Christianity is not about having all the answers and knowing everything. Being a follower of Christ does not equal being a Biblical Scholar (not that there’s anything wrong with that). In fact, I would say it’s quite the opposite and as believers in Jesus, it’s a lifelong commitment to learning and growing in our walk with Him. The sooner we can admit that it’s ok to not have all the answers, the better.
The Bible is full of examples of when the disciples didn’t quite get it. When Jesus talked about the parable of the sower in Mark 4, His followers had to ask Him about it afterwards (Mark 4:10-13). When Jesus rose again from the dead and appeared to some of them, the rest of the disciples didn’t believe it (Mark 16:12-13).
These are Jesus’ disciples! They were right there with Him, actually physically walking with Him, witnessed many miracles in their prescense, and still at the end of the day…they didn’t always quite get it. If the disciples didn’t always have all the answers or even doubted Jesus at times, then how much more do you think we won’t have the answers or doubt Jesus ourselves?
He was patient with them every step of the way and He is still patient with us today. We can find great encouragement in the fact that we don’t have to have all the answers. As we continue to walk in our relationship with Christ and grow, here are 3 things to remember when talking with others about the Gospel:
“I Don’t Know” Is Safe To Say
Most of us think that if we mention something like this in a conversation, then it sounds like we are fake and don’t know anything. Maybe we fear that we’ll lose an opportunity by not having the answer? Whatever reason we think it is inexcusable to say something like this, next time you find yourself at this part of the conversation…try it.
For example, when you find yourself in this moment, say “I don’t know, but I will look that up and get back with you.” That is incredibly legit to tell someone. It’s not like you have the entire Bible memorized (if you do, that’s awesome…congrats). If they are expecting you to have it all memorized, that’s another conversation for another day involving major silliness on their part.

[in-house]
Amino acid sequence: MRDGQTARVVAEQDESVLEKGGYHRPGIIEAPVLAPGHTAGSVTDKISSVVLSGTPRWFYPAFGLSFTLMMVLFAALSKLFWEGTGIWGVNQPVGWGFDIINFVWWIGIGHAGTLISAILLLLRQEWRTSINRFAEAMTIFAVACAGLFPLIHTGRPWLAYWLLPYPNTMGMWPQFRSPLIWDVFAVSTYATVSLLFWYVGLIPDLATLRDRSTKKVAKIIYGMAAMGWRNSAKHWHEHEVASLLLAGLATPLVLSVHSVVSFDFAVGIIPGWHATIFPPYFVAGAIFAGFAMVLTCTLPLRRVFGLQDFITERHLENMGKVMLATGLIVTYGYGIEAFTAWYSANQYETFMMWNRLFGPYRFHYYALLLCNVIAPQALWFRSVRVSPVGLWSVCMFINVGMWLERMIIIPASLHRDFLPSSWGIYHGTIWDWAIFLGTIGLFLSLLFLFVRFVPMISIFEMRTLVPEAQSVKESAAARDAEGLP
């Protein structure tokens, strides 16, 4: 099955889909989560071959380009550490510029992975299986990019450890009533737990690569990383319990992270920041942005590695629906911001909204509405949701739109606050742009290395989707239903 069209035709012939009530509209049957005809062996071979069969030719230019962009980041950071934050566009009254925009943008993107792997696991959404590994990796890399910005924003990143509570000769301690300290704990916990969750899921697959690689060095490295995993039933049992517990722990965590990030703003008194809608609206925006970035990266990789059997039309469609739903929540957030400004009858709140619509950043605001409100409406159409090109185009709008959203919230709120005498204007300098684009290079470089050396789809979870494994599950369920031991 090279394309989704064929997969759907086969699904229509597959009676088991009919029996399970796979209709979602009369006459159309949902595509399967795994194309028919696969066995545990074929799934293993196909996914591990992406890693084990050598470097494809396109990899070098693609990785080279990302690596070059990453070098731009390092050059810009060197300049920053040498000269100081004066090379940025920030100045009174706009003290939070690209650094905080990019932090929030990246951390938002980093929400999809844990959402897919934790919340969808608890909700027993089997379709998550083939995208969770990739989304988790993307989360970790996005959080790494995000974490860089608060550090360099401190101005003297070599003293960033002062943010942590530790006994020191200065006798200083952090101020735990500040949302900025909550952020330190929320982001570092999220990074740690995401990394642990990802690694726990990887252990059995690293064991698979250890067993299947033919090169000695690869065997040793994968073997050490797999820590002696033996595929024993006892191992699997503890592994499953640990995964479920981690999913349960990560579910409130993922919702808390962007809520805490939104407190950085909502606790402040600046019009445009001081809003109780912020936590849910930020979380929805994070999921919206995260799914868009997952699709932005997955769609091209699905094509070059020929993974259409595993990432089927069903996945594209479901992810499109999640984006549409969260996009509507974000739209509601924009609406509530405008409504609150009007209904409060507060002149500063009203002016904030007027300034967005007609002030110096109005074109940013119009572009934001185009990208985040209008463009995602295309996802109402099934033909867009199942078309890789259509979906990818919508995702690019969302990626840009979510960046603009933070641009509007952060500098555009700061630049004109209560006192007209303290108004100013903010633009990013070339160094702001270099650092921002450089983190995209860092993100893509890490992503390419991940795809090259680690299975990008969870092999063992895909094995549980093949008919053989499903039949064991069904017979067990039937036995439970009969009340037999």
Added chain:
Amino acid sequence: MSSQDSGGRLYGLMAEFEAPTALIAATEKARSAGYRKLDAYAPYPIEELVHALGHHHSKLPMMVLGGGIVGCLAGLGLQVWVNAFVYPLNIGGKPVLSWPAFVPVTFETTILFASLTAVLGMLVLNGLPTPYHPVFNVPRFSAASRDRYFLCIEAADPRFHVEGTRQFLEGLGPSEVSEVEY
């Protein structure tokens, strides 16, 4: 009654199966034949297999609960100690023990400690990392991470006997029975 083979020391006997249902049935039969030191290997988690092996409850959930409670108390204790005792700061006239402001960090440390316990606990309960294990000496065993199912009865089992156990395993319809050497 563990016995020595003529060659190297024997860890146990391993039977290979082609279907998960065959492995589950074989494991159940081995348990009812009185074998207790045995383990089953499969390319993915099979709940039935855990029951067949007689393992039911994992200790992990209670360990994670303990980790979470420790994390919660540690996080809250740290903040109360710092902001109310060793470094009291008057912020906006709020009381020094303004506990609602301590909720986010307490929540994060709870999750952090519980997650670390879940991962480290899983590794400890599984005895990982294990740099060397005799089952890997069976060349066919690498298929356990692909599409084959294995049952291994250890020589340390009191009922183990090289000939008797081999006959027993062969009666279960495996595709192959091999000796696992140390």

Be Authentic, Don’t Impress
On the other end, there is no need to talk to someone like you have all the answers. Not only is that prideful, therefore sinful, but that turns people off faster then probably screaming in their face (both are bad options). The more “real” you can be with someone, the better. No one is impressed with an amazing amount of theology if you’re not loving them.
Instead, as you share the Gospel and how God has made a difference in your life, let them know you don’t have all the answers and you’re cool with that. You might be surprised by the response in your conversation. I’ve noticed people are actually more attracted to that statement when you’re being authentic. There’s just something about having a real conversation, with a real person, who genuinely has an interest in just loving you.
Let Scripture Be The Authority
At the end of the day we can rely on the Bible to do the talking and have all the answers. Not only is it breathed out by God and perfect, but it can be used in all areas of life and equips the saints for every good work (2 Timothy 3:16-17).
For that reason, we must take the Word of God seriously. We need to read and study it daily, pray through it, and treat it as the authority in our lives. If we are talking more than the Bible, that’s a problem.
Ultimately, when you became a follower of Christ, did you know everything? Did you learn everything within the next year? How about 5 years after that? What about now? You can see where I am going with this. We will never know everything and have all the answers.
The quicker we can be confident in not having all the answers, the quicker we will be giving God all the glory. Let’s read the Bible, pray to our Father, and rely on the Holy Spirit to lead us in our conversations with others as we share the Gospel and build up the Church.